Ciavarella, a believer in privatization to the end, insisted that the money he took was somehow “legal.”  The LNM only wishes that Ciavarella had been sentenced to a private prison, one run by people like PA Child Care.

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Comment Preferences

  •  Tip Jar (10+ / 0-)

    An imbalance between the rich and poor is the oldest and most fatal ailment of all republics - Plutarch

    by Leftwing Noise Machine on Fri Aug 12, 2011 at 07:03:28 PM PDT

  •  Privatization (2+ / 0-)
    Recommended by:
    Gooserock, JeffW

    I think it is wrong to say privatization is always good for the economy.  Say Medicare or Defense or Education wants to save money and contracts its services to a private company.  Instead of spending $1B,  the private companies bid the service for $900M. In order to profit,  these private companies will outsource the jobs to India for $400M.  Thus we have a situation of instead of $1B going to local economy/US only $500M will now go to the US economy and $400M will go to india.

    It was better for the government to have spent $1B and benefit the US economy as money will go around be spent on restaurants groceries, retail stores etc.  than only $500M.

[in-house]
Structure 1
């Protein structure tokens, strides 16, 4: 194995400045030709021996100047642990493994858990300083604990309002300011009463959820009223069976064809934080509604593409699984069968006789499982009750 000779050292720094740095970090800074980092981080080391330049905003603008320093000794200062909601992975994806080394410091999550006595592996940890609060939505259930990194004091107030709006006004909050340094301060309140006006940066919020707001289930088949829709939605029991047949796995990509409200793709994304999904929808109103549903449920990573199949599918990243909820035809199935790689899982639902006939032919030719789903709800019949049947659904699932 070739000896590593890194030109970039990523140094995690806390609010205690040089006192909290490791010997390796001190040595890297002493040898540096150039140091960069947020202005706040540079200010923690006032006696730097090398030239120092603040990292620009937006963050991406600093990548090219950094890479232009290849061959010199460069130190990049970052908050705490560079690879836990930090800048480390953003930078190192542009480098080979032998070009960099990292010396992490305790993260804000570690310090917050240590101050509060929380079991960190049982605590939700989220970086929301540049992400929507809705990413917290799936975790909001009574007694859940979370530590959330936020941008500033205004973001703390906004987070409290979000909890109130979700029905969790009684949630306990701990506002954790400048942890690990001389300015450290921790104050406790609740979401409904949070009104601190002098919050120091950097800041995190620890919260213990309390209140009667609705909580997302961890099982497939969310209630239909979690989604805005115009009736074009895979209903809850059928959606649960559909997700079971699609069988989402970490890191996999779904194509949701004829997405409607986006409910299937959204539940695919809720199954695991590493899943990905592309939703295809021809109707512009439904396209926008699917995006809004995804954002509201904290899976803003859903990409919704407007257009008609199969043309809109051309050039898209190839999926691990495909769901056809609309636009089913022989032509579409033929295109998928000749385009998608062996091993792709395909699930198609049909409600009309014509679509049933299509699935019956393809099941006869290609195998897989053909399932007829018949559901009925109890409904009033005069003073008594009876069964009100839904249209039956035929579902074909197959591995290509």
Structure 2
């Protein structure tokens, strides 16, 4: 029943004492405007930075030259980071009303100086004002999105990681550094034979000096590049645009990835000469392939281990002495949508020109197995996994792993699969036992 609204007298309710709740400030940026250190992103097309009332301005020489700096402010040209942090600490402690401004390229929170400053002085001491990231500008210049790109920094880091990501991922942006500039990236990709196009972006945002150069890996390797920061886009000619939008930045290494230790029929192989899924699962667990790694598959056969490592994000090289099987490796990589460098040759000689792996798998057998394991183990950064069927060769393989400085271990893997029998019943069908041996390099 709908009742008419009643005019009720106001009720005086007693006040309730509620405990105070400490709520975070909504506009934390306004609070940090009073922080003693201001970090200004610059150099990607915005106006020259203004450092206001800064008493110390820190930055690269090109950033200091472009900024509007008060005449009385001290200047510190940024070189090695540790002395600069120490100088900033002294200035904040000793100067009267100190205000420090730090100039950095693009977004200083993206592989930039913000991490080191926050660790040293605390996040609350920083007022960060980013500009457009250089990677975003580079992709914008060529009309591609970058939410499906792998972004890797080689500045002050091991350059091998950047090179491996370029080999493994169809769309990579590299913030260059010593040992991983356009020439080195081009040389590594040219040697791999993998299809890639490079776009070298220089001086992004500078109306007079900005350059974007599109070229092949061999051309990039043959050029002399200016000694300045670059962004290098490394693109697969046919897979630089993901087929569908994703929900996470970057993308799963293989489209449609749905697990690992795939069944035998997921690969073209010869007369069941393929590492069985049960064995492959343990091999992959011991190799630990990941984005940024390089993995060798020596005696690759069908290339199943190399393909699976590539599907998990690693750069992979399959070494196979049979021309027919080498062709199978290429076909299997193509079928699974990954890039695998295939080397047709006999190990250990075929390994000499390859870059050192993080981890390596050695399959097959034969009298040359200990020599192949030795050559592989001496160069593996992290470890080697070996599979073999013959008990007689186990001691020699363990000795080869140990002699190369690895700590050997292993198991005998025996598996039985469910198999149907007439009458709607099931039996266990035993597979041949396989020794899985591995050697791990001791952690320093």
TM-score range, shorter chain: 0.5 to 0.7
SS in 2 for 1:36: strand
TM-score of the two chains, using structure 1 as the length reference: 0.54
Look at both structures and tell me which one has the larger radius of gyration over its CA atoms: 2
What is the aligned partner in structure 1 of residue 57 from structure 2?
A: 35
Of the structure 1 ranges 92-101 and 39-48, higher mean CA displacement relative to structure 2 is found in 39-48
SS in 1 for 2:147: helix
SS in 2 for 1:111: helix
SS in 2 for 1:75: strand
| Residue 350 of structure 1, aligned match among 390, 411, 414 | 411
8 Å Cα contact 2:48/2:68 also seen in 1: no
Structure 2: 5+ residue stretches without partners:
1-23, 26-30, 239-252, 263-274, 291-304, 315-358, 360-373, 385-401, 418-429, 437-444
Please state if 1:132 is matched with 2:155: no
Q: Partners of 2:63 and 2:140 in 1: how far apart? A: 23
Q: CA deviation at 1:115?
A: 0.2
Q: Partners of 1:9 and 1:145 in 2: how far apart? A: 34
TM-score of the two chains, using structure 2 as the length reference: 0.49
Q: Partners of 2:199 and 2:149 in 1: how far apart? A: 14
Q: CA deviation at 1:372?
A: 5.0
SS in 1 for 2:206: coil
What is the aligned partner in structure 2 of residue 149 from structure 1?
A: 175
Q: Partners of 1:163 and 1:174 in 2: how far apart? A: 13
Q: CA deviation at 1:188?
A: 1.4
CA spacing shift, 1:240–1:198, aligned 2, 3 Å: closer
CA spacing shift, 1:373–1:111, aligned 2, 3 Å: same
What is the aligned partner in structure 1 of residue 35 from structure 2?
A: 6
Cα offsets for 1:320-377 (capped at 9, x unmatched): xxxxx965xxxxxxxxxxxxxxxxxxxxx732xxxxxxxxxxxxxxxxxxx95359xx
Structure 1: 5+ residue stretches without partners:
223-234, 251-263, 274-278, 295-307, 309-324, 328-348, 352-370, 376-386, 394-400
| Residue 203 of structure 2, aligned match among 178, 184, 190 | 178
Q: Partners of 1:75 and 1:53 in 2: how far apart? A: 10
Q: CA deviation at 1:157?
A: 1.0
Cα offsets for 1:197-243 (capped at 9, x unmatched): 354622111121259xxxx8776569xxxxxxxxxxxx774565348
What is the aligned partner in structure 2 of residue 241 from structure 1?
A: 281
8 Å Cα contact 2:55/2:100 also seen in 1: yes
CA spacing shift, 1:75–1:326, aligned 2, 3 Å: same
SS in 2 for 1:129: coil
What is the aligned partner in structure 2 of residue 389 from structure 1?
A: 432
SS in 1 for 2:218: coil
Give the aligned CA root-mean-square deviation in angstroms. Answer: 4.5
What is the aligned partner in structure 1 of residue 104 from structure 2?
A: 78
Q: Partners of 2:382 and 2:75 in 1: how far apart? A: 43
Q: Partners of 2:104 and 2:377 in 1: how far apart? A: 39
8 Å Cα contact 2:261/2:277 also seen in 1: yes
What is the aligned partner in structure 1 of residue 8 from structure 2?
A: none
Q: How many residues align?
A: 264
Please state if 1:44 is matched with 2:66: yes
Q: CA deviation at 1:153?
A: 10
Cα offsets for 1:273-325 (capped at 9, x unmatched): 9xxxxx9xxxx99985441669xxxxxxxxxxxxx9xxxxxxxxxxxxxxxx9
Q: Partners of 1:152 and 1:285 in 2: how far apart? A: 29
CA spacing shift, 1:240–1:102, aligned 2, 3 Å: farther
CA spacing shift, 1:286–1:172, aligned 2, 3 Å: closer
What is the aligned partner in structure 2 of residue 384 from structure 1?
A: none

In the end it would be better for government not to try to get savings because the US economy loses.

    Protect Democracy. Keep lying GOP out of the People's House.

    by timber on Fri Aug 12, 2011 at 07:27:20 PM PDT

    •  I Too Think It is Wrong to Say Conservative Policy (1+ / 0-)
      Recommended by:

      is always good for the economy.

      Maybe even, "EVER."

      We are called to speak for the weak, for the voiceless, for victims of our nation and for those it calls enemy.... --ML King "Beyond Vietnam"

      by Gooserock on Fri Aug 12, 2011 at 08:50:29 PM PDT

      [ Parent ]

  •  Yeee-hawww! JUSTICE has been done! (0+ / 0-)

    Few things are as disgusting, horrific, immoral, and evil, as the powerful exercising unjust coercive force against the powerless.

    At the top of that stack of evil is any form of child abuse.

    This judge Ciavarella and his pal (another one who did the same thing) were guilty of child abuse on a scale that has only been topped by the Vatican child molestation scandal.

    They deserve to burn in hell.

    But between now and then, he is going to have 28 years in prison, if he lives another 28 years, to think about it.


    Hope that sentence serves as a ferocious deterrent to anyone else even thinking about taking bribes for unjustly sentencing anyone, especially children, to private prisons.

    Ciavarella can toast his good fortune (at not having been physically torn to shreds by the parents of the kids he abused) with his first of many paper cups of lukewarm water at his first of many dinners of bland meatloaf with reconstituted mashed potatoes.   And then he can retire to bed on a thin mattress on a steel or concrete bunk, and drift off to sleep listening to the heart-warming sounds of all the other inmates on his cellblock coughing, sniffling, and farting copiously as they do likewise.

    We should all mail him lumps of coal for Christmas.